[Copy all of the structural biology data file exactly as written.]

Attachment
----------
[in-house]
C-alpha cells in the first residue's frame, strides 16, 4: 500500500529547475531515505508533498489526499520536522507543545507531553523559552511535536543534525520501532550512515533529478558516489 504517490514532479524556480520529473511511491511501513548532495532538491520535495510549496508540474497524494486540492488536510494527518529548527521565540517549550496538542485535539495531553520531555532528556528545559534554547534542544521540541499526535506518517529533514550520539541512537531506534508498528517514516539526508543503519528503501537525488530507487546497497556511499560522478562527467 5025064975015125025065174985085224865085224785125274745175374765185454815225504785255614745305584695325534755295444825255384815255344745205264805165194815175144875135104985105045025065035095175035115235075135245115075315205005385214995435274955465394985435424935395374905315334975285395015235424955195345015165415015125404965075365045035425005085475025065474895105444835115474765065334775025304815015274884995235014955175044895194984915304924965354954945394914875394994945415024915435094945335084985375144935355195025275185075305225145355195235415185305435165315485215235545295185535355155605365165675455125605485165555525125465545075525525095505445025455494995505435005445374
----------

[in-house]
C-alpha cells in the first residue's frame, strides 16, 4: 500500500529547475531515505508533498489526499520536522507543545507531553523559552511535536543534525520501532550512515533529478558516489 504517490514532479524556480520529473511511491511501513548532495532538491520535495510549496508540474497524494486540492488536510494527518529548527521565540517549550496538542485535539495531553520531555532528556528545559534554547534542544521540541499526535506518517529533514550520539541512537531506534508498528517514516539526508543503519528503501537525488530507487546497497556511499560522478562527467 5025064975015125025065174985085224865085224785125274745175374765185454815225504785255614745305584695325534755295444825255384815255344745205264805165194815175144875135104985105045025065035095175035115235075135245115075315205005385214995435274955465394985435424935395374905315334975285395015235424955195345015165415015125404965075365045035425005085475025065474895105444835115474765065334775025304815015274884995235014955175044895194984915304924965354954945394914875394994945415024915435094945335084985375144935355195025275185075305225145355195235415185305435165315485215235545295185535355155605365165675455125605485165555525125465545075525525095505445025455494995505435005445374